However, the interest of the Spanish Civil War does not lie in its political or military significance alone, but also in its cultural legacy. Just as it galvanised European nations politically, leading to individuals aligning themselves with one side or the other, so many intellectuals, artists and writers also took sides and used their activities to support and justify one cause over the other. The war therefore served to accelerate certain intellectual and artistic trends already present in the 1930s, notably that of the politically committed intellectual. Indeed, the war demonstrated to many at the time that neutrality and retreat into the ivory tower were now impossible; the fate of the Spanish writer and intellectual Miguel de Unamuno seemed to exemplify this. Unamuno, who had been considered a liberal, decided to remain the rector of Salamanca University in 1936, despite it falling almost immediately under Nationalist control. Believing the intellectual could remain removed from the fray, he nevertheless found himself denouncing Nationalist claims to represent Christian and Western values in opposition ‘godless’ Republicans, for which he was attacked and sidelined by the Nationalist regime until his death a short while afterwards.

Intellectuals, artists and writers used their activities to support and justify one cause over the other

In contrast to Unamuno’s attempted withdrawal from the conflict, many other intellectuals rushed to the defence of one side against the other. In the case of pro-Republican intellectuals, this sometimes led to fighting alongside Republican troops. George Orwell, Ralph Fox, André Malraux and many others all took up arms in what they considered to be the anti-Fascist struggle, while Ernest Hemingway, officially a war reporter and a non-combatant, was famously photographed reloading Republican rifles for the troops he shadowed in combat. More generally, the conflict became a subject of representation for sympathisers of both sides eager to foster support for their respective causes in Spain and usually their own right or left-wing movements at home. The conflict left us several significant and internationally renowned treatments of the subject of war, its horror and its camaraderie: Orwell’s Hommage to Catalonia, Malraux’s Man’s Hope, Hemingway’s For Whom the Bell Tolls; the poems of Miguel Hernandez and W.H. Auden; Picasso’s Guernica. It also coincided with the rise of the photo-journal and established the career of many war correspondents and photo-journalists, most notably that of Frank Cappa.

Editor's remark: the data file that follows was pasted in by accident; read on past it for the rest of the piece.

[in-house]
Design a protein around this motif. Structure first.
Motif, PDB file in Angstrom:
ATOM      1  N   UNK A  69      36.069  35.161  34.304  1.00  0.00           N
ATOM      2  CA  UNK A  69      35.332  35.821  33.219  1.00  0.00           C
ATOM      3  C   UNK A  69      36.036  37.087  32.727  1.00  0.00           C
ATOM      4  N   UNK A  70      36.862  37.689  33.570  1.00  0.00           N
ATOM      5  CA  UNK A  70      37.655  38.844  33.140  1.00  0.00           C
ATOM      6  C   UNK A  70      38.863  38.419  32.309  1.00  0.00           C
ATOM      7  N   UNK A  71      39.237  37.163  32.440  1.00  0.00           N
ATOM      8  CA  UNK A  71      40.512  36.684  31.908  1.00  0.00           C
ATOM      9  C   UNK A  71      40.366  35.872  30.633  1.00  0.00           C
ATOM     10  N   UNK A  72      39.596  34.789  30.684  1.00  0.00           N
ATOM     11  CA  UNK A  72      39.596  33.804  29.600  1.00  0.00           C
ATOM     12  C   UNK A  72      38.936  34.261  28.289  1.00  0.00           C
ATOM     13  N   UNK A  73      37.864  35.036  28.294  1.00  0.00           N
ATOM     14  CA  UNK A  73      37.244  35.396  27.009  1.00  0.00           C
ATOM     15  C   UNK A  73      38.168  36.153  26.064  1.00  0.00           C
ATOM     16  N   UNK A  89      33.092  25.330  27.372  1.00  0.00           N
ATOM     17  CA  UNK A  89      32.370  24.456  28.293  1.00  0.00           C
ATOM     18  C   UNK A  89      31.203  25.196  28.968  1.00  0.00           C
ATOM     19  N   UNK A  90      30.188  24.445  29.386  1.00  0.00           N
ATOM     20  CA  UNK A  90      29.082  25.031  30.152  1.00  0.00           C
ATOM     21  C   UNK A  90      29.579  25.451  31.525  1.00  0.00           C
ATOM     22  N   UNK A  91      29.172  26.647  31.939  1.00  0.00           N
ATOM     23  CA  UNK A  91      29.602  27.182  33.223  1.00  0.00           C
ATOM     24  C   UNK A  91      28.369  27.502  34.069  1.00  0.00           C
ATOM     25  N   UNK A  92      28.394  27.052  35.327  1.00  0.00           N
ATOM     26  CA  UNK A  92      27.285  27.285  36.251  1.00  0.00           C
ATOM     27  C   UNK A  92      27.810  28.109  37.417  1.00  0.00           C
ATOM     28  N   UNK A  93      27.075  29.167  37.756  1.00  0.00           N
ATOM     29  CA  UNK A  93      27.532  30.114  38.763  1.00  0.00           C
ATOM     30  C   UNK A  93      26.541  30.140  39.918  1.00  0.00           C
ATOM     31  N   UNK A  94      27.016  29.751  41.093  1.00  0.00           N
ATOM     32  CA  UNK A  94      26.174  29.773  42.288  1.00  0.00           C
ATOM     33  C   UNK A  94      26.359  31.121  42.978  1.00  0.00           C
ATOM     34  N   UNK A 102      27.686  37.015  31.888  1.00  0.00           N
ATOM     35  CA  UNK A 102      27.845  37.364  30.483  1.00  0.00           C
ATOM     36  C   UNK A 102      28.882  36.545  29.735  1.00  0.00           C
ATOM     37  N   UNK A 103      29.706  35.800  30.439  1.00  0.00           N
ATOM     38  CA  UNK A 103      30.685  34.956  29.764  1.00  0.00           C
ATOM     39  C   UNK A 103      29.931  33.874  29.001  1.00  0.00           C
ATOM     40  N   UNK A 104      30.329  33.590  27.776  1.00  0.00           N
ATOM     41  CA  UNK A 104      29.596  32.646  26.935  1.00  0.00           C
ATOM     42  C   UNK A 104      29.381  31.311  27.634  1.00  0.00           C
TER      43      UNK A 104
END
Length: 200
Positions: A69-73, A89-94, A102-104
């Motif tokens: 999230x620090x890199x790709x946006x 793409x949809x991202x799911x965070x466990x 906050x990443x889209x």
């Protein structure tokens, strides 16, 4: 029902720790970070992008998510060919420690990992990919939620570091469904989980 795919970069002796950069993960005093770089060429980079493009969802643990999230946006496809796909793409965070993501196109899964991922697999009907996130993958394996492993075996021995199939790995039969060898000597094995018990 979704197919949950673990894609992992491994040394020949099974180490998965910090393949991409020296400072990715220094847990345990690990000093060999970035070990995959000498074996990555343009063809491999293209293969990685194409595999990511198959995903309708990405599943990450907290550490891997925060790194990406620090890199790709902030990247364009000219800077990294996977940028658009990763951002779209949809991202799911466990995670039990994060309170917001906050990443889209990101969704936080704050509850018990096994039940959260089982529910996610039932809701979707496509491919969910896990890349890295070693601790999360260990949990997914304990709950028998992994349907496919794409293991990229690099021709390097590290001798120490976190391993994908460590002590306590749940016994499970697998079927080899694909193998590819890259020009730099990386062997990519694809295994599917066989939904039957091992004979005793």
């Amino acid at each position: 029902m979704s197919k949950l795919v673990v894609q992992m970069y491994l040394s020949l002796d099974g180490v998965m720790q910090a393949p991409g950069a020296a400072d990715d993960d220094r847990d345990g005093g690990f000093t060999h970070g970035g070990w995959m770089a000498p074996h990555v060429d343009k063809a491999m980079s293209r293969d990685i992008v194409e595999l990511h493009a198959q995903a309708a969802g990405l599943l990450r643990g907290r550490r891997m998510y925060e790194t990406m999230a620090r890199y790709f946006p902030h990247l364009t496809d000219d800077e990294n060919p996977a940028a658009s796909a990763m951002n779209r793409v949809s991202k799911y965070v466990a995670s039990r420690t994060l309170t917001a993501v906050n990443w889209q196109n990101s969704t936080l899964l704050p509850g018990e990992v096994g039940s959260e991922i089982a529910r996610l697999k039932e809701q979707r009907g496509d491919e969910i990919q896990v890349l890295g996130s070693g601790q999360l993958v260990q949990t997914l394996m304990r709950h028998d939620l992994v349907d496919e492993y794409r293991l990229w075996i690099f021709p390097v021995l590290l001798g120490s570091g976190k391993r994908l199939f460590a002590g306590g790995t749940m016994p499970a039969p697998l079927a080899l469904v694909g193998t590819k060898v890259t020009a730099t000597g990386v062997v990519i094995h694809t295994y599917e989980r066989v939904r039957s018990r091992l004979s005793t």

Despite the subsequent outbreak of a more prolonged, bloody and obviously international conflict months after Franco had marched victoriously into Madrid, the subject of the Spanish Civil War continues to return again and again in the European artistic consciousness. Ken Loach’s 1995 film Land and Freedom and Xavier Cercas’s novel of 2000, Soldiers of Salamis, are but two recent examples of the persistence of the memory of the Spanish Civil War that reflect, in Loach’s case, a persistent European interest in the conflict and, in Cecas’s case, its continued resonance for Spaniards of the post-war generation. It was in order to recuperate this cultural and political legacy that the Group for War and Culture Studies and the Bristol Institute for Research in the Humanities and Arts, with the support of the British Academy and the Alumni Foundation, held a conference in July 2006, dedicated exclusively to the Spanish Civil War.

Martin Hurcombe/School of Modern Languages